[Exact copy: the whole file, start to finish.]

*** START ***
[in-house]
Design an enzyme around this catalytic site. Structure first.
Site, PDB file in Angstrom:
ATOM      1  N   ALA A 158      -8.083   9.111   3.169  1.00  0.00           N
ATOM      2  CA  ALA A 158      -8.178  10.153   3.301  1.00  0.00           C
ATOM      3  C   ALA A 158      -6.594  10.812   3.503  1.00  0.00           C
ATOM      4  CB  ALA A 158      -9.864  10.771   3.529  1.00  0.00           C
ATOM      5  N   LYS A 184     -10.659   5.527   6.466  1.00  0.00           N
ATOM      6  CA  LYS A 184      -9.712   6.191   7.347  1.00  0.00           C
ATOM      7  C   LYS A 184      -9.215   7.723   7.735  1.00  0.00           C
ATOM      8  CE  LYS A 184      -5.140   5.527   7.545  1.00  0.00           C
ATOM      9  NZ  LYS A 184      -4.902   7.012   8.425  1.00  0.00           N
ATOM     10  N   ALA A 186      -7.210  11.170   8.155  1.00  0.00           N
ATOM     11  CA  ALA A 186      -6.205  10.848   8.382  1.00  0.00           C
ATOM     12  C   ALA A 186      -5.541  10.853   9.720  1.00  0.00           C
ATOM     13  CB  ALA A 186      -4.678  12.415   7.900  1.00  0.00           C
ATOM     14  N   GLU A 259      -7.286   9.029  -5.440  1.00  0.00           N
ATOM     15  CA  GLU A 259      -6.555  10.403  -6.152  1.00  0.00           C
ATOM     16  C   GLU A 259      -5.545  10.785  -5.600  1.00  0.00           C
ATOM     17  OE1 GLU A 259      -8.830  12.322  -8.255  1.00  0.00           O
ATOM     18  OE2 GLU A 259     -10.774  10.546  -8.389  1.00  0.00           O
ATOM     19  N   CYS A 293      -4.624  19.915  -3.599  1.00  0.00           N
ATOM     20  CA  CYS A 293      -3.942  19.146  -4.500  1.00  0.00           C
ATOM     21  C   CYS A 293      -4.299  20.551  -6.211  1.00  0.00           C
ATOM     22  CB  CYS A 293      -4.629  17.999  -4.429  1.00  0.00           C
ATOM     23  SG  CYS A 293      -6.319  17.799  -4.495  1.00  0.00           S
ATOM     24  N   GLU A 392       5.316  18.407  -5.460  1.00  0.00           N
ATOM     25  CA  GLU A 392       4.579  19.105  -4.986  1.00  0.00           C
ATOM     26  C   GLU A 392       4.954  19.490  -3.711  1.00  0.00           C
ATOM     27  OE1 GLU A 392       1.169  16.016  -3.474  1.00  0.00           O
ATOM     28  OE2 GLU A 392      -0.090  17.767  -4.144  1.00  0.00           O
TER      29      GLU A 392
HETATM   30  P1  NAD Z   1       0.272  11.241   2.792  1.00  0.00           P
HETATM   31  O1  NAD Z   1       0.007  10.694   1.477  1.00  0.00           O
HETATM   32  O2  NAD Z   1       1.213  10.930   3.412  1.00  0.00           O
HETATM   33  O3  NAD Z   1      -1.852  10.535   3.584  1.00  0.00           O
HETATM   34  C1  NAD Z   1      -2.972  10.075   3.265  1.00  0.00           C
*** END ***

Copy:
[in-house]
Design an enzyme around this catalytic site. Structure first.
Site, PDB file in Angstrom:
ATOM      1  N   ALA A 158      -8.083   9.111   3.169  1.00  0.00           N
ATOM      2  CA  ALA A 158      -8.178  10.153   3.301  1.00  0.00           C
ATOM      3  C   ALA A 158      -6.594  10.812   3.503  1.00  0.00           C
ATOM      4  CB  ALA A 158      -9.864  10.771   3.529  1.00  0.00           C
ATOM      5  N   LYS A 184     -10.659   5.527   6.466  1.00  0.00           N
ATOM      6  CA  LYS A 184      -9.712   6.191   7.347  1.00  0.00           C
ATOM      7  C   LYS A 184      -9.215   7.723   7.735  1.00  0.00           C
ATOM      8  CE  LYS A 184      -5.140   5.527   7.545  1.00  0.00           C
ATOM      9  NZ  LYS A 184      -4.902   7.012   8.425  1.00  0.00           N
ATOM     10  N   ALA A 186      -7.210  11.170   8.155  1.00  0.00           N
ATOM     11  CA  ALA A 186      -6.205  10.848   8.382  1.00  0.00           C
ATOM     12  C   ALA A 186      -5.541  10.853   9.720  1.00  0.00           C
ATOM     13  CB  ALA A 186      -4.678  12.415   7.900  1.00  0.00           C
ATOM     14  N   GLU A 259      -7.286   9.029  -5.440  1.00  0.00           N
ATOM     15  CA  GLU A 259      -6.555  10.403  -6.152  1.00  0.00           C
ATOM     16  C   GLU A 259      -5.545  10.785  -5.600  1.00  0.00           C
ATOM     17  OE1 GLU A 259      -8.830  12.322  -8.255  1.00  0.00           O
ATOM     18  OE2 GLU A 259     -10.774  10.546  -8.389  1.00  0.00           O
ATOM     19  N   CYS A 293      -4.624  19.915  -3.599  1.00  0.00           N
ATOM     20  CA  CYS A 293      -3.942  19.146  -4.500  1.00  0.00           C
ATOM     21  C   CYS A 293      -4.299  20.551  -6.211  1.00  0.00           C
ATOM     22  CB  CYS A 293      -4.629  17.999  -4.429  1.00  0.00           C
ATOM     23  SG  CYS A 293      -6.319  17.799  -4.495  1.00  0.00           S
ATOM     24  N   GLU A 392       5.316  18.407  -5.460  1.00  0.00           N
ATOM     25  CA  GLU A 392       4.579  19.105  -4.986  1.00  0.00           C
ATOM     26  C   GLU A 392       4.954  19.490  -3.711  1.00  0.00           C
ATOM     27  OE1 GLU A 392       1.169  16.016  -3.474  1.00  0.00           O
ATOM     28  OE2 GLU A 392      -0.090  17.767  -4.144  1.00  0.00           O
TER      29      GLU A 392
HETATM   30  P1  NAD Z   1       0.272  11.241   2.792  1.00  0.00           P
HETATM   31  O1  NAD Z   1       0.007  10.694   1.477  1.00  0.00           O
HETATM   32  O2  NAD Z   1       1.213  10.930   3.412  1.00  0.00           O
HETATM   33  O3  NAD Z   1      -1.852  10.535   3.584  1.00  0.00           O
HETATM   34  C1  NAD Z   1      -2.972  10.075   3.265  1.00  0.00           C